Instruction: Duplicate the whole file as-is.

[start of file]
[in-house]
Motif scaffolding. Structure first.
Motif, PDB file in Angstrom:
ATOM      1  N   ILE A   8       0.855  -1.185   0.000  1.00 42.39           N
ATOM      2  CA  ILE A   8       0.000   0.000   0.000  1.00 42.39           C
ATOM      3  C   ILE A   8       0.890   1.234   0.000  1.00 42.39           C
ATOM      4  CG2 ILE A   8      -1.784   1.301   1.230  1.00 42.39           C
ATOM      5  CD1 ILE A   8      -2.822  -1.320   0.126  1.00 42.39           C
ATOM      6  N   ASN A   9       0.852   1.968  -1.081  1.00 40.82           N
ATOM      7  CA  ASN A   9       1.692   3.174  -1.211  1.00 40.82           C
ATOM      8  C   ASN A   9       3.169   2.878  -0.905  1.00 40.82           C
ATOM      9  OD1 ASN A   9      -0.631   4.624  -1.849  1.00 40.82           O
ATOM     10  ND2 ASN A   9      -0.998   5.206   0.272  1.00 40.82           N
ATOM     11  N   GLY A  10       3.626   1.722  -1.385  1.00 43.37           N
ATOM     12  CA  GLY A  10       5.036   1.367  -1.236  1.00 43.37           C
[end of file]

[in-house]
Motif scaffolding. Structure first.
Motif, PDB file in Angstrom:
ATOM      1  N   ILE A   8       0.855  -1.185   0.000  1.00 42.39           N
ATOM      2  CA  ILE A   8       0.000   0.000   0.000  1.00 42.39           C
ATOM      3  C   ILE A   8       0.890   1.234   0.000  1.00 42.39           C
ATOM      4  CG2 ILE A   8      -1.784   1.301   1.230  1.00 42.39           C
ATOM      5  CD1 ILE A   8      -2.822  -1.320   0.126  1.00 42.39           C
ATOM      6  N   ASN A   9       0.852   1.968  -1.081  1.00 40.82           N
ATOM      7  CA  ASN A   9       1.692   3.174  -1.211  1.00 40.82           C
ATOM      8  C   ASN A   9       3.169   2.878  -0.905  1.00 40.82           C
ATOM      9  OD1 ASN A   9      -0.631   4.624  -1.849  1.00 40.82           O
ATOM     10  ND2 ASN A   9      -0.998   5.206   0.272  1.00 40.82           N
ATOM     11  N   GLY A  10       3.626   1.722  -1.385  1.00 43.37           N
ATOM     12  CA  GLY A  10       5.036   1.367  -1.236  1.00 43.37           C